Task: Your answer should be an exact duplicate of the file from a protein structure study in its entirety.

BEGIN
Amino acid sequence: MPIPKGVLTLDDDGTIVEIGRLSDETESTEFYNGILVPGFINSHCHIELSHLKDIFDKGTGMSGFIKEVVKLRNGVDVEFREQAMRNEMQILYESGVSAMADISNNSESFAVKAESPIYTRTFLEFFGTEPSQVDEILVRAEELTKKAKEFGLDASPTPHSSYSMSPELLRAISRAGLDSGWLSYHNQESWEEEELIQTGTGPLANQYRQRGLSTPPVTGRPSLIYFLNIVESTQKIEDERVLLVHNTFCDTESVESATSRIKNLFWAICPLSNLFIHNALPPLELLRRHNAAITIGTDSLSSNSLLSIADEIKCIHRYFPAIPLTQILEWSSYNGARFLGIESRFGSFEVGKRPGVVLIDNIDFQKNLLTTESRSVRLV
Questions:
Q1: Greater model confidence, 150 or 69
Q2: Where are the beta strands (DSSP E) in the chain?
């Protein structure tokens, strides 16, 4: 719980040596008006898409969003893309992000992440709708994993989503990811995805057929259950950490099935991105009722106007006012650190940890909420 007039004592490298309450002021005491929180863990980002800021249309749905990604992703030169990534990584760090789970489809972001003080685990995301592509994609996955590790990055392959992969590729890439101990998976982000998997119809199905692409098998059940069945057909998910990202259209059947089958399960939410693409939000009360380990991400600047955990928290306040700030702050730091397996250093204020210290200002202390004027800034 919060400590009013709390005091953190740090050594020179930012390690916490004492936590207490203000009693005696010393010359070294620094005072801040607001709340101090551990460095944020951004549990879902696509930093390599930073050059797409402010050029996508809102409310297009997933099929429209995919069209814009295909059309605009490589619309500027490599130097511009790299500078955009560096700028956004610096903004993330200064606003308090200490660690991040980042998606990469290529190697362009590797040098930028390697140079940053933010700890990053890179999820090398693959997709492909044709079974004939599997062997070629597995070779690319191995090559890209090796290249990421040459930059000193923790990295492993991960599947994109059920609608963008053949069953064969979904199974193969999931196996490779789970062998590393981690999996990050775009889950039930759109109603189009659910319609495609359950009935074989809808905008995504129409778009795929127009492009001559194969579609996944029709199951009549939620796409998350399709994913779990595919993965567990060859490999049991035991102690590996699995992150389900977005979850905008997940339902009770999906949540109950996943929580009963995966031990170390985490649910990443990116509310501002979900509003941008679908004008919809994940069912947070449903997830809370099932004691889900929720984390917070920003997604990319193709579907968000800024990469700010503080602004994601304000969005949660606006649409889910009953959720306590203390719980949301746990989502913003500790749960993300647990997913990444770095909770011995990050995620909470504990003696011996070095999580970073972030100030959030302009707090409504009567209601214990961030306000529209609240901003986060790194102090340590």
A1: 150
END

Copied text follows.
Amino acid sequence: MPIPKGVLTLDDDGTIVEIGRLSDETESTEFYNGILVPGFINSHCHIELSHLKDIFDKGTGMSGFIKEVVKLRNGVDVEFREQAMRNEMQILYESGVSAMADISNNSESFAVKAESPIYTRTFLEFFGTEPSQVDEILVRAEELTKKAKEFGLDASPTPHSSYSMSPELLRAISRAGLDSGWLSYHNQESWEEEELIQTGTGPLANQYRQRGLSTPPVTGRPSLIYFLNIVESTQKIEDERVLLVHNTFCDTESVESATSRIKNLFWAICPLSNLFIHNALPPLELLRRHNAAITIGTDSLSSNSLLSIADEIKCIHRYFPAIPLTQILEWSSYNGARFLGIESRFGSFEVGKRPGVVLIDNIDFQKNLLTTESRSVRLV
Questions:
Q1: Greater model confidence, 150 or 69
Q2: Where are the beta strands (DSSP E) in the chain?
């Protein structure tokens, strides 16, 4: 719980040596008006898409969003893309992000992440709708994993989503990811995805057929259950950490099935991105009722106007006012650190940890909420 007039004592490298309450002021005491929180863990980002800021249309749905990604992703030169990534990584760090789970489809972001003080685990995301592509994609996955590790990055392959992969590729890439101990998976982000998997119809199905692409098998059940069945057909998910990202259209059947089958399960939410693409939000009360380990991400600047955990928290306040700030702050730091397996250093204020210290200002202390004027800034 919060400590009013709390005091953190740090050594020179930012390690916490004492936590207490203000009693005696010393010359070294620094005072801040607001709340101090551990460095944020951004549990879902696509930093390599930073050059797409402010050029996508809102409310297009997933099929429209995919069209814009295909059309605009490589619309500027490599130097511009790299500078955009560096700028956004610096903004993330200064606003308090200490660690991040980042998606990469290529190697362009590797040098930028390697140079940053933010700890990053890179999820090398693959997709492909044709079974004939599997062997070629597995070779690319191995090559890209090796290249990421040459930059000193923790990295492993991960599947994109059920609608963008053949069953064969979904199974193969999931196996490779789970062998590393981690999996990050775009889950039930759109109603189009659910319609495609359950009935074989809808905008995504129409778009795929127009492009001559194969579609996944029709199951009549939620796409998350399709994913779990595919993965567990060859490999049991035991102690590996699995992150389900977005979850905008997940339902009770999906949540109950996943929580009963995966031990170390985490649910990443990116509310501002979900509003941008679908004008919809994940069912947070449903997830809370099932004691889900929720984390917070920003997604990319193709579907968000800024990469700010503080602004994601304000969005949660606006649409889910009953959720306590203390719980949301746990989502913003500790749960993300647990997913990444770095909770011995990050995620909470504990003696011996070095999580970073972030100030959030302009707090409504009567209601214990961030306000529209609240901003986060790194102090340590």
A1: 150